An Ohio marriage has a 50/50 chance of ending in divorce. Upon filing for divorce, the court may order the couple to see a marriage counselor or therapist. Couples with children may have to see a family therapist.
As seen on LAWriter, the Ohio code 3105.091 discusses conciliation procedures. The court can issue a couple to undergo conciliation 30 days after receiving the paperwork for divorce. The court of common pleas determines the period of time a couple or family undergoes therapy.
The therapist or counselor may be court appointed. Failure to comply with the counseling could result in a delayed divorce hearing. The court will not make a decision on the divorce until the couple meets the requirements of the conciliation.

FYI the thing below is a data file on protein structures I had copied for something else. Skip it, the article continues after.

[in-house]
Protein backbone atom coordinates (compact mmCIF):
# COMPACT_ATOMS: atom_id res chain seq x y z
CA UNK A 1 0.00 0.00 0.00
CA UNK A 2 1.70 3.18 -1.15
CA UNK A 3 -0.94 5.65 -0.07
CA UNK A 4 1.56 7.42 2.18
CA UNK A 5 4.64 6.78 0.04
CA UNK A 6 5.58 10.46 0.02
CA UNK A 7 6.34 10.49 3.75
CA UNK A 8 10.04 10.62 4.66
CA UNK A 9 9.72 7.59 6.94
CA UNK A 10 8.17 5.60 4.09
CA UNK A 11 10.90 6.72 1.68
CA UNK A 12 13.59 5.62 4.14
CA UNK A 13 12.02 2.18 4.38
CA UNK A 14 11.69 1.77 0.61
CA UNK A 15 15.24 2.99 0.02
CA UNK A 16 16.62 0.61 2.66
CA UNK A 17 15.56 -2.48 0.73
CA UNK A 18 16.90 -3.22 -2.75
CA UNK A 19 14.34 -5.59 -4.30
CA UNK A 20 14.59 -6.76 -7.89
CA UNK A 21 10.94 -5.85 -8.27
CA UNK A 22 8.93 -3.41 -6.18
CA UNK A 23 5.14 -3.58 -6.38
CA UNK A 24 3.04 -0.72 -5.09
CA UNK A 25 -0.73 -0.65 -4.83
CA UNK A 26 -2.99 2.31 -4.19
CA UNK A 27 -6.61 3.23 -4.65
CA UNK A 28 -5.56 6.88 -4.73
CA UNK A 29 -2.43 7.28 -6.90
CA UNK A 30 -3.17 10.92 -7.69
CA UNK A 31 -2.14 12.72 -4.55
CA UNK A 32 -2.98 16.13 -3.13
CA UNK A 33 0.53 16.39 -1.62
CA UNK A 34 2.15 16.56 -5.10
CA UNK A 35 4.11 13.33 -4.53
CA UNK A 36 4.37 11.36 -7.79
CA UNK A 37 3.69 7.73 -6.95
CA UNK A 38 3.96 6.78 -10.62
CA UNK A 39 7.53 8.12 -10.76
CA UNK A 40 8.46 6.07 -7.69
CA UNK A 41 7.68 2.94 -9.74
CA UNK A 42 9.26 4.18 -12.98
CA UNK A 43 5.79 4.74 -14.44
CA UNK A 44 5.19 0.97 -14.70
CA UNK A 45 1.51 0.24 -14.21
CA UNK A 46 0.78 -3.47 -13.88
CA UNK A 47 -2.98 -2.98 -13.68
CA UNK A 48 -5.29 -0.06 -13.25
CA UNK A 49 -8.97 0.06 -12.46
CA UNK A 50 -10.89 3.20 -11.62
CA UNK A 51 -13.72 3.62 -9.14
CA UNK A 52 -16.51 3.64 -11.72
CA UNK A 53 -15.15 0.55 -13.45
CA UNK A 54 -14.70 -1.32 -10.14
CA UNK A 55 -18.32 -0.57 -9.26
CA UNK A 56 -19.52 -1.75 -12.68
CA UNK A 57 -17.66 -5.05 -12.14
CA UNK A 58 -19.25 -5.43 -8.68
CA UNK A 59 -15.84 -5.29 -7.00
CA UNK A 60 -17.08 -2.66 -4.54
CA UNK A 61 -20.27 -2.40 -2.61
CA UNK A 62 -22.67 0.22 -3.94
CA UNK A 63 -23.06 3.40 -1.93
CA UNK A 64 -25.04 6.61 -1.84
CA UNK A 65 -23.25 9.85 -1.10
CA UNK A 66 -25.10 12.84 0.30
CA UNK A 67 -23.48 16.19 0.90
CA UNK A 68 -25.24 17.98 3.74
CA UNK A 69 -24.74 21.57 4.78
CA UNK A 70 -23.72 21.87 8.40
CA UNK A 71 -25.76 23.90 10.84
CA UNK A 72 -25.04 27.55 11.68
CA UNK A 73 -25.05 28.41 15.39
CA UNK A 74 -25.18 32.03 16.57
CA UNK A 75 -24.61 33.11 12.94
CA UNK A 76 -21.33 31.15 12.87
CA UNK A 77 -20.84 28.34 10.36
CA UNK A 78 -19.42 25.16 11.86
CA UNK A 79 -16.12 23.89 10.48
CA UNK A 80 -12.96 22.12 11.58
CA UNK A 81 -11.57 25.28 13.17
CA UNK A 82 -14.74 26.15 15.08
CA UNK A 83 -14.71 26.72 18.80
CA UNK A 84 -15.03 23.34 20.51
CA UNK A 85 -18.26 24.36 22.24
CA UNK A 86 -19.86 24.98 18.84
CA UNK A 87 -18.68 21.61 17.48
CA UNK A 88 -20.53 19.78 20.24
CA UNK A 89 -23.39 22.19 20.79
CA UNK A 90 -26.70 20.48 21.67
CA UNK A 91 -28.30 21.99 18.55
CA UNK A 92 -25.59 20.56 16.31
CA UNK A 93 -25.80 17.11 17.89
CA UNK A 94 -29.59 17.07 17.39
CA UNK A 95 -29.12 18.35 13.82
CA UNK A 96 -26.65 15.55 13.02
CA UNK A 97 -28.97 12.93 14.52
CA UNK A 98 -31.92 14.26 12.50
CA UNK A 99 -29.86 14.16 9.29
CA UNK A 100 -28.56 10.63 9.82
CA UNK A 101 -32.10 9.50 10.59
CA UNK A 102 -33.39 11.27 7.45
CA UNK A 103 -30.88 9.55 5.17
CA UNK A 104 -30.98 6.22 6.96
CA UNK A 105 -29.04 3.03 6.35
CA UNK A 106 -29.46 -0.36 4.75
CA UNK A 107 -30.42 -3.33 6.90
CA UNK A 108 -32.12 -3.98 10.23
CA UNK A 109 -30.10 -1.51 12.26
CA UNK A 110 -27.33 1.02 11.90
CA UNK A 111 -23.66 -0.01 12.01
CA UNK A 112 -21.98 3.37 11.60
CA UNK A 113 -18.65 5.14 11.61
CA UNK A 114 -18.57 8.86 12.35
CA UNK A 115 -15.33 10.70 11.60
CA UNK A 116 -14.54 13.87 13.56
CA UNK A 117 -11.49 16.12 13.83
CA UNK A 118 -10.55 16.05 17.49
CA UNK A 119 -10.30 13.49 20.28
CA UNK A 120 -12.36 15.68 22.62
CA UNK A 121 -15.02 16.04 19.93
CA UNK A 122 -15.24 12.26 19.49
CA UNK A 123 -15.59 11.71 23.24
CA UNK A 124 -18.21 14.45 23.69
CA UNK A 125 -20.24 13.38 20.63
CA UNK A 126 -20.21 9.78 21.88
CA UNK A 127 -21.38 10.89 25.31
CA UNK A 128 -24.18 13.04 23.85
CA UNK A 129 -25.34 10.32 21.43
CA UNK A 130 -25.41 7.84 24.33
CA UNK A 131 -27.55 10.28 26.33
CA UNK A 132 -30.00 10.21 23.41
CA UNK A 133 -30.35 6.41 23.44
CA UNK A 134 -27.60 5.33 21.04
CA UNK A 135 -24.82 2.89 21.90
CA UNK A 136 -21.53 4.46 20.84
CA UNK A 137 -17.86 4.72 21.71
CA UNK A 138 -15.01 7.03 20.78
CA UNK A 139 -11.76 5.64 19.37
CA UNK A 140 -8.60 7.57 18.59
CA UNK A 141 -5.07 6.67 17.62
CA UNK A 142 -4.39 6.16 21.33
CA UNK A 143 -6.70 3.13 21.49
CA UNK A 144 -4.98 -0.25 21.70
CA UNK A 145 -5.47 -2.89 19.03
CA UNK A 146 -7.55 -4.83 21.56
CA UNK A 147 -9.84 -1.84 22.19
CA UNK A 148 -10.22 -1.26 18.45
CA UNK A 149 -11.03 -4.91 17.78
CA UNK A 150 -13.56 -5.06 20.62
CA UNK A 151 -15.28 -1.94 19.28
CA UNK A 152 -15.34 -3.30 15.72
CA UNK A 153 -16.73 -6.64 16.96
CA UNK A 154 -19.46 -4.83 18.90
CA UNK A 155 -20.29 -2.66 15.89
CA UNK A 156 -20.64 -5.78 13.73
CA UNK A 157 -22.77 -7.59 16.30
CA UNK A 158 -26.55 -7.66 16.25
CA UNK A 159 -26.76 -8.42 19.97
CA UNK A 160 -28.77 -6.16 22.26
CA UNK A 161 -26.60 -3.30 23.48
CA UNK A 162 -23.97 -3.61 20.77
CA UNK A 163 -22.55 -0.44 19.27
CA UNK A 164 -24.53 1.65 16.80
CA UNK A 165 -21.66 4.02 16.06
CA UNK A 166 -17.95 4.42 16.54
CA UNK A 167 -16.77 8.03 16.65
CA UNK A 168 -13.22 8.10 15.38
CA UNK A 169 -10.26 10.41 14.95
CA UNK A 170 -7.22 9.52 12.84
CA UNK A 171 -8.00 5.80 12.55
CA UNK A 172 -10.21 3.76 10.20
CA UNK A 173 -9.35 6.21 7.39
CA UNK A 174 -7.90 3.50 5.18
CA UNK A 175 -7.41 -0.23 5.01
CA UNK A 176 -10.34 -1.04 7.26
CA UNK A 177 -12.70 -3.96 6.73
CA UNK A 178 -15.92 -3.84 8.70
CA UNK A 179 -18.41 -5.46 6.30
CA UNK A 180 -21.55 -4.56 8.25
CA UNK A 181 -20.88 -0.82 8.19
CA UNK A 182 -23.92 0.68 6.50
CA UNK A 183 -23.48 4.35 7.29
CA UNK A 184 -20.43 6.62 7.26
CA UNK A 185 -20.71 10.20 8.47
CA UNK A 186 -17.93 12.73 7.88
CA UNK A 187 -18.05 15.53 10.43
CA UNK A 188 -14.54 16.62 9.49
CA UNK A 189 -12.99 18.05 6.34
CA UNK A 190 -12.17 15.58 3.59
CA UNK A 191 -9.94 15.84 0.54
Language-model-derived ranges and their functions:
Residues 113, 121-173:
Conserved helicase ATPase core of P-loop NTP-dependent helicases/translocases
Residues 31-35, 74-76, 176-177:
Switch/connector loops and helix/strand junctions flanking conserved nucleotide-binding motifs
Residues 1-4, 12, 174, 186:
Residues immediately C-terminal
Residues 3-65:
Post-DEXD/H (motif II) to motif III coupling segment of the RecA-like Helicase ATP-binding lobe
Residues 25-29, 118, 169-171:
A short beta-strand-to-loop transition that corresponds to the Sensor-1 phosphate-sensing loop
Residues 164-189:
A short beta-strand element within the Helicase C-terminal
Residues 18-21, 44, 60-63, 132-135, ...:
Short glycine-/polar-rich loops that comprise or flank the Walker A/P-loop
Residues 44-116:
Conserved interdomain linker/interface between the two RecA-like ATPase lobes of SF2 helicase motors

Psychology Today states that even small amounts of therapy can result in improvements in most relationships. One way to maximize the amount of time in therapy is to have an agenda with you. The therapist is neither a judge nor a mediator but can help the couple learn necessary problem-solving skills.
Therapy is often seen as a safe place to discuss contentious topics. During the process of divorce, therapy may help the couple resolve their disputes completely or lessen the amount of time fighting in court once the divorce proceeds.
Even if the couple does not reconcile, the counseling can have a positive impact on the future relationship especially if there are children. Family counseling can help parents better understand the impacts of marriage dissolution on the children. Parents may be better able to work together in the best interests of their children as a result.